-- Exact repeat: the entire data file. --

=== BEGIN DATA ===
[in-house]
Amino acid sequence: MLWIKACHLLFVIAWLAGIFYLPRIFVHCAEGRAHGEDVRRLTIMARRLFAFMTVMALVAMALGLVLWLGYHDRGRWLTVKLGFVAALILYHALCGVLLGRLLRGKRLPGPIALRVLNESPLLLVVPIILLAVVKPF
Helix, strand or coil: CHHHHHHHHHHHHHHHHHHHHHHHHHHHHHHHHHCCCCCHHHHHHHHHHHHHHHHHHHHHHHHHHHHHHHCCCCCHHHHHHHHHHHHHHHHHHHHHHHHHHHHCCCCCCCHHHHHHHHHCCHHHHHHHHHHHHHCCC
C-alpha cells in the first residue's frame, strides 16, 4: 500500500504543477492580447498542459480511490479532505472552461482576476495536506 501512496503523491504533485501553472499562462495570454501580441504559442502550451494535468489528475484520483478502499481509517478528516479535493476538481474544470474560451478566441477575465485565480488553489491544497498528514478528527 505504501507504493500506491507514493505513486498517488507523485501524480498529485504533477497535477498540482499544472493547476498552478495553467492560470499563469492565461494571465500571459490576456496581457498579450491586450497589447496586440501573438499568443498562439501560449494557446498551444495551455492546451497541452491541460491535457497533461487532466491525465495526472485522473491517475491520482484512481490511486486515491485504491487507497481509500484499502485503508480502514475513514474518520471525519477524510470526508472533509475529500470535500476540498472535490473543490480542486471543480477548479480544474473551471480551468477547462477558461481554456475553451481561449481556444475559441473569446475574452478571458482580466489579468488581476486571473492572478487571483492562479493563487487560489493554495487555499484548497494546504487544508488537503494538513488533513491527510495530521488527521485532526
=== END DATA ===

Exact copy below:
[in-house]
Amino acid sequence: MLWIKACHLLFVIAWLAGIFYLPRIFVHCAEGRAHGEDVRRLTIMARRLFAFMTVMALVAMALGLVLWLGYHDRGRWLTVKLGFVAALILYHALCGVLLGRLLRGKRLPGPIALRVLNESPLLLVVPIILLAVVKPF
Helix, strand or coil: CHHHHHHHHHHHHHHHHHHHHHHHHHHHHHHHHHCCCCCHHHHHHHHHHHHHHHHHHHHHHHHHHHHHHHCCCCCHHHHHHHHHHHHHHHHHHHHHHHHHHHHCCCCCCCHHHHHHHHHCCHHHHHHHHHHHHHCCC
C-alpha cells in the first residue's frame, strides 16, 4: 500500500504543477492580447498542459480511490479532505472552461482576476495536506 501512496503523491504533485501553472499562462495570454501580441504559442502550451494535468489528475484520483478502499481509517478528516479535493476538481474544470474560451478566441477575465485565480488553489491544497498528514478528527 505504501507504493500506491507514493505513486498517488507523485501524480498529485504533477497535477498540482499544472493547476498552478495553467492560470499563469492565461494571465500571459490576456496581457498579450491586450497589447496586440501573438499568443498562439501560449494557446498551444495551455492546451497541452491541460491535457497533461487532466491525465495526472485522473491517475491520482484512481490511486486515491485504491487507497481509500484499502485503508480502514475513514474518520471525519477524510470526508472533509475529500470535500476540498472535490473543490480542486471543480477548479480544474473551471480551468477547462477558461481554456475553451481561449481556444475559441473569446475574452478571458482580466489579468488581476486571473492572478487571483492562479493563487487560489493554495487555499484548497494546504487544508488537503494538513488533513491527510495530521488527521485532526